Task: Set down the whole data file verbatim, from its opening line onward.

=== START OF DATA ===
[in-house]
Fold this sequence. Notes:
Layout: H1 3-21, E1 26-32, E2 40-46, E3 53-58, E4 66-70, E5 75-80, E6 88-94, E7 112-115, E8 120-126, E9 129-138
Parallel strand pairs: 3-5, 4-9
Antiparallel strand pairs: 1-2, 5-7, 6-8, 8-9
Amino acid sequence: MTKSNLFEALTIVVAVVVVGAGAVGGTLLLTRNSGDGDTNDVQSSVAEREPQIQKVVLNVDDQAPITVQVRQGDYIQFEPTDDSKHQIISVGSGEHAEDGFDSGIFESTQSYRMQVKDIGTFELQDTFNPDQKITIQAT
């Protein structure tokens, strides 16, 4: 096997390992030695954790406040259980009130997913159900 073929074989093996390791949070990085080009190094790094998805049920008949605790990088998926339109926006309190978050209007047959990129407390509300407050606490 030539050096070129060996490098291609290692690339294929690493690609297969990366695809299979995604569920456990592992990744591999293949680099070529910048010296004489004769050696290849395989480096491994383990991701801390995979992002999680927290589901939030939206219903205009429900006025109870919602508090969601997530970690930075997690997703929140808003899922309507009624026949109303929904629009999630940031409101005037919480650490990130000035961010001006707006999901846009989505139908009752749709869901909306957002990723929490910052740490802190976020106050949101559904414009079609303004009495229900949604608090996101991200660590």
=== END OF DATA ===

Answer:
[in-house]
Fold this sequence. Notes:
Layout: H1 3-21, E1 26-32, E2 40-46, E3 53-58, E4 66-70, E5 75-80, E6 88-94, E7 112-115, E8 120-126, E9 129-138
Parallel strand pairs: 3-5, 4-9
Antiparallel strand pairs: 1-2, 5-7, 6-8, 8-9
Amino acid sequence: MTKSNLFEALTIVVAVVVVGAGAVGGTLLLTRNSGDGDTNDVQSSVAEREPQIQKVVLNVDDQAPITVQVRQGDYIQFEPTDDSKHQIISVGSGEHAEDGFDSGIFESTQSYRMQVKDIGTFELQDTFNPDQKITIQAT
């Protein structure tokens, strides 16, 4: 096997390992030695954790406040259980009130997913159900 073929074989093996390791949070990085080009190094790094998805049920008949605790990088998926339109926006309190978050209007047959990129407390509300407050606490 030539050096070129060996490098291609290692690339294929690493690609297969990366695809299979995604569920456990592992990744591999293949680099070529910048010296004489004769050696290849395989480096491994383990991701801390995979992002999680927290589901939030939206219903205009429900006025109870919602508090969601997530970690930075997690997703929140808003899922309507009624026949109303929904629009999630940031409101005037919480650490990130000035961010001006707006999901846009989505139908009752749709869901909306957002990723929490910052740490802190976020106050949101559904414009079609303004009495229900949604608090996101991200660590």